This programme was the most unmusical offering to date. Sir Neville Marriner’s attitude is one of “put the nickel in and it will play itself.” The music failed to breathe and there was no inkling that he had investigated the structure or harmonic plan. The Academy of St. Martin in the Fields played fairly well with some intonation trouble in the woodwinds. They sat in “normal” seating. As to repeats, only the exposition of the first movement and the standard ones on the “Minuet” (taken far too fast) were observed.
The saddest was the orchestra’s tone, coming across in a manner that would have made Beethoven grimace. Marriner’s left-hand technique is non-existent and many of the chord changes and releases were simply not together.
In the Mass, there was some excitement as the scheduled bass soloist (Stephen Roberts) had “lost his voice at 5 o’clock,” so one of the members of the chorus filled in. He turned out to be the best of the bunch. Of the two sopranos (Sylvia McNair and Eiddwen Harrhy), the former had pitch problems while her colleague was decicedly shrill. Tenor Anthony Rolfe-Johnson had little quality and could also have used a replacement from the chorus. The chorus as a whole had the same forced tone as their instrumental colleagues so at least the sound matched.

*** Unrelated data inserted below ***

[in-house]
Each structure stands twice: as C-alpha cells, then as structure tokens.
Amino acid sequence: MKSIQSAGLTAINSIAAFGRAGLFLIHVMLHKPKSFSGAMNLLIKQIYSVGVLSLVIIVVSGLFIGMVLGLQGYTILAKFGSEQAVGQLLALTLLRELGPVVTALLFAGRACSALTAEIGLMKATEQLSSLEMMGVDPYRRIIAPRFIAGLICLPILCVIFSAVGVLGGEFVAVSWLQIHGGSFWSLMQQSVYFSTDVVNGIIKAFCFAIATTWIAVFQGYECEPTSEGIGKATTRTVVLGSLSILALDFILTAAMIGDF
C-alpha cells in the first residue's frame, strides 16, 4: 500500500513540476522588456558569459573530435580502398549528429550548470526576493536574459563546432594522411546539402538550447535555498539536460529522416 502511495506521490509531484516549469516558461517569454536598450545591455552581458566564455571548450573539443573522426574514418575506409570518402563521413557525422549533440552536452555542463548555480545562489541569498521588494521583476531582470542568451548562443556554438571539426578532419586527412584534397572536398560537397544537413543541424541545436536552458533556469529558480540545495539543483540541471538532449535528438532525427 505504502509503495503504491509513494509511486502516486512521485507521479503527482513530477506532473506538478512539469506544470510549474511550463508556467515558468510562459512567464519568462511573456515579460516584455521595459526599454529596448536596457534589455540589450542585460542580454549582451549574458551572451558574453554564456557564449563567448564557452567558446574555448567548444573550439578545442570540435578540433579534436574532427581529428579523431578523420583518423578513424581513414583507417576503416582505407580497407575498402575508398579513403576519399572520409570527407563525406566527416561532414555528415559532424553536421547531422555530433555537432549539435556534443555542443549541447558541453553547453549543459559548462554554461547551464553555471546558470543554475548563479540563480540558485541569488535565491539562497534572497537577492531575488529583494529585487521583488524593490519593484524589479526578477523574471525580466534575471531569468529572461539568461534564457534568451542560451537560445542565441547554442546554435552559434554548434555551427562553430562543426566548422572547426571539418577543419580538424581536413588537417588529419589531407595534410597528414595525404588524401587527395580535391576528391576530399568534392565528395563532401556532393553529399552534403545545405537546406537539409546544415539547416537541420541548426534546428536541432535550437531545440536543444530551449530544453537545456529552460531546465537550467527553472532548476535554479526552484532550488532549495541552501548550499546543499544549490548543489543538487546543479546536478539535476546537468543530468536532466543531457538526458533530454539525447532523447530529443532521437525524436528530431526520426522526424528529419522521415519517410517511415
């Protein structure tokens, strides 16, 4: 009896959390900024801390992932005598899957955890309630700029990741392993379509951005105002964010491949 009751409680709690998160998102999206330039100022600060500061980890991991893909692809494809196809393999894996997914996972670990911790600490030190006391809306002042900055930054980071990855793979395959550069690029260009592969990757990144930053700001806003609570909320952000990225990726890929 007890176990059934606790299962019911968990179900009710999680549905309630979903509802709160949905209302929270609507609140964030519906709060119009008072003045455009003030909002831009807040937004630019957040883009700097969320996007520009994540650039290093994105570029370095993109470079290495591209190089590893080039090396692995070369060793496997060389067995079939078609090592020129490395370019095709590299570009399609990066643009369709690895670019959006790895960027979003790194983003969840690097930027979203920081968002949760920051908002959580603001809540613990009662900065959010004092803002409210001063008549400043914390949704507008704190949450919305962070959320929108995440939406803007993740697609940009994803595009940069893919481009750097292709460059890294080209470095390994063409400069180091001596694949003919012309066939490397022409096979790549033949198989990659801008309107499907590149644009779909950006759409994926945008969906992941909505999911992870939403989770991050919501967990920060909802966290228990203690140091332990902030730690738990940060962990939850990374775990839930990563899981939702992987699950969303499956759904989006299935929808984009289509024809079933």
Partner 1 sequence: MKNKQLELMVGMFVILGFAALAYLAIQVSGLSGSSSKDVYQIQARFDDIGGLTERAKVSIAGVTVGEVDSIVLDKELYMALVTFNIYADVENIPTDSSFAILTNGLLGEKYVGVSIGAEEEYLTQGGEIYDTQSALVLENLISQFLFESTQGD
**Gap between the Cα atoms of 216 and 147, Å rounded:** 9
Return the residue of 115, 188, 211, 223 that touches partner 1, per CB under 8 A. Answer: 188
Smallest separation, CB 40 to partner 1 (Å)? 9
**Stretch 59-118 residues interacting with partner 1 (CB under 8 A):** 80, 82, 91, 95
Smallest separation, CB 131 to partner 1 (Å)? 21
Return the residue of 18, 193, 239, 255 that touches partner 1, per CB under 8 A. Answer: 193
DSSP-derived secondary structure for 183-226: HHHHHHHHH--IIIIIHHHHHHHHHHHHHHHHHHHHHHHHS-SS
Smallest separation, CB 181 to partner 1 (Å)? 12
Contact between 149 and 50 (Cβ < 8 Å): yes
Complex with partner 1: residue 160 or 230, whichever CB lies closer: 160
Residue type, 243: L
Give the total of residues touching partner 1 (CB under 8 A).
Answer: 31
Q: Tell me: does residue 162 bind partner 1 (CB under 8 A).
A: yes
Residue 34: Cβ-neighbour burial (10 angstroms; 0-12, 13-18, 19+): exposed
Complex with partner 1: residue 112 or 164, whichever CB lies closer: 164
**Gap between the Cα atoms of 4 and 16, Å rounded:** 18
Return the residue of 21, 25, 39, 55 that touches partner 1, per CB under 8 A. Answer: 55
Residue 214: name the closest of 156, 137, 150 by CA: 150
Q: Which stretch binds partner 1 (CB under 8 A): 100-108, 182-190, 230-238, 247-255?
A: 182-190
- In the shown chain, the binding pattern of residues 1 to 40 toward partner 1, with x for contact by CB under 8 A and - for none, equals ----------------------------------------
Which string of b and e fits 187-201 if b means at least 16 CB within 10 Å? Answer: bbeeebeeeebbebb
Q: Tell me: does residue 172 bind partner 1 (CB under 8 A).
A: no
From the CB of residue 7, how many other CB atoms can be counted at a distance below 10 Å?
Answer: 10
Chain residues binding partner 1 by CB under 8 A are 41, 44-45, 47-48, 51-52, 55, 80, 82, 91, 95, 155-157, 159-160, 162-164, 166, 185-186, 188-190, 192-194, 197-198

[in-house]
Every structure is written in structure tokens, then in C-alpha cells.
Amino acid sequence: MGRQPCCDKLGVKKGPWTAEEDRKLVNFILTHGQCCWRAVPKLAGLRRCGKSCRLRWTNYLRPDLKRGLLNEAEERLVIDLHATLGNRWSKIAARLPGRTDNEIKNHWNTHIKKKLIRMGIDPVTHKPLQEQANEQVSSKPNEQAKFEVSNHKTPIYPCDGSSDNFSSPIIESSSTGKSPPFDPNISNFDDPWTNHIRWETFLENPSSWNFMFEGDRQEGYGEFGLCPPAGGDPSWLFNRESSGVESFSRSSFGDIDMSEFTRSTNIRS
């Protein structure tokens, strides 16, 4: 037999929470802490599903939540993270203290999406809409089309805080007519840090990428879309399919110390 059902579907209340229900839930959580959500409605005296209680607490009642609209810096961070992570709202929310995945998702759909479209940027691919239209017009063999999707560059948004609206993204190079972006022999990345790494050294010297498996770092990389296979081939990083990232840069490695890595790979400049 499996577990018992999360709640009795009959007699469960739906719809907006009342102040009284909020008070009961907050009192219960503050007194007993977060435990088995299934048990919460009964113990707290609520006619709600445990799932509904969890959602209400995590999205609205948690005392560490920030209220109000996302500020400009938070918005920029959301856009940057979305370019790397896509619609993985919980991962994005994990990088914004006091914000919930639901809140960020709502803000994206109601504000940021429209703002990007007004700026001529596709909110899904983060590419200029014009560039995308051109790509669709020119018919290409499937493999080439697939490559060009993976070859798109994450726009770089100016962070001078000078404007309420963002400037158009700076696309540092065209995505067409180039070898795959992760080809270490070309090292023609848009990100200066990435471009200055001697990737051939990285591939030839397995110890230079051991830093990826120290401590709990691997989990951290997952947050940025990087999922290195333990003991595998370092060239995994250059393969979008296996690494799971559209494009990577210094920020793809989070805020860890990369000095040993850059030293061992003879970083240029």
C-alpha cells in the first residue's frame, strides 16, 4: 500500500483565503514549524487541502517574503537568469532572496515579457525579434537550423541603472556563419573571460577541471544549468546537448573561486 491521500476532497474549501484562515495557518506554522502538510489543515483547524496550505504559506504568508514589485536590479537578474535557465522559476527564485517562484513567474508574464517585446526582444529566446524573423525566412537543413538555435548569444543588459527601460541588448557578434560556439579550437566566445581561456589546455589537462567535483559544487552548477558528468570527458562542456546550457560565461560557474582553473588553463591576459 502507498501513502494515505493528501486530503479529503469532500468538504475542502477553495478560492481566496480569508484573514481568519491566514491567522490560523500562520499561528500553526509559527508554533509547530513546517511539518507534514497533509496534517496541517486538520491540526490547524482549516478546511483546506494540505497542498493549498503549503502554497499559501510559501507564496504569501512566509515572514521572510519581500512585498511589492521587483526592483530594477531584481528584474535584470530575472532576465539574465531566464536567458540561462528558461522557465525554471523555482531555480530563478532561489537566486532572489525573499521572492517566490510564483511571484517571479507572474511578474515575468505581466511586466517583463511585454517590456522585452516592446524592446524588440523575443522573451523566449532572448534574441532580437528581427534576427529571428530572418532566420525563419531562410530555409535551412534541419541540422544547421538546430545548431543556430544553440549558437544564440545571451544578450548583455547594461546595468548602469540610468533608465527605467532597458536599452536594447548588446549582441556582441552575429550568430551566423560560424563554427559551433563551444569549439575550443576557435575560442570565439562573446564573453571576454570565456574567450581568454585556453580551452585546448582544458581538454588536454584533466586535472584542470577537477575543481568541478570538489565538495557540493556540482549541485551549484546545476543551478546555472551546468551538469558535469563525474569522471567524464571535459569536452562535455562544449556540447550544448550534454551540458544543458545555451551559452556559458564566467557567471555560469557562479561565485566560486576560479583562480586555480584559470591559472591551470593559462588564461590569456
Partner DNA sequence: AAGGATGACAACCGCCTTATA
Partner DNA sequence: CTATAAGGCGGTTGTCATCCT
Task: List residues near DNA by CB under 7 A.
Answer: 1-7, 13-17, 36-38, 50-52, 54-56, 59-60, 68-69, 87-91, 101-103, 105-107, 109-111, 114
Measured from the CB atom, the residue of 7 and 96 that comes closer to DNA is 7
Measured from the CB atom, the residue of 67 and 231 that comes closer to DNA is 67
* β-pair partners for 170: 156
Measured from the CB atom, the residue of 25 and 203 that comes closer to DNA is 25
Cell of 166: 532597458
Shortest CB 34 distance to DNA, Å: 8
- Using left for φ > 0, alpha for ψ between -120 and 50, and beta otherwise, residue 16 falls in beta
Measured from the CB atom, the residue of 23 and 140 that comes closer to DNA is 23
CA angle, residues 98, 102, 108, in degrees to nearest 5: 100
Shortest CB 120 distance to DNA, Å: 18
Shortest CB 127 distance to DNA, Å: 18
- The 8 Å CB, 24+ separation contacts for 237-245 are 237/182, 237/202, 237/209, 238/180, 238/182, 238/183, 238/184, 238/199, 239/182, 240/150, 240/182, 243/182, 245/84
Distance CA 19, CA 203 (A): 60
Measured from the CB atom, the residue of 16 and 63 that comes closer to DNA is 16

It appears that Marriner surrounds himself with good players, so at least the notes will be there. He is a good example of a recurring theme these days: Which is more important, the musical ideas or just the sound?
In sum, an evening filled with disappointment on nearly all fronts. JWR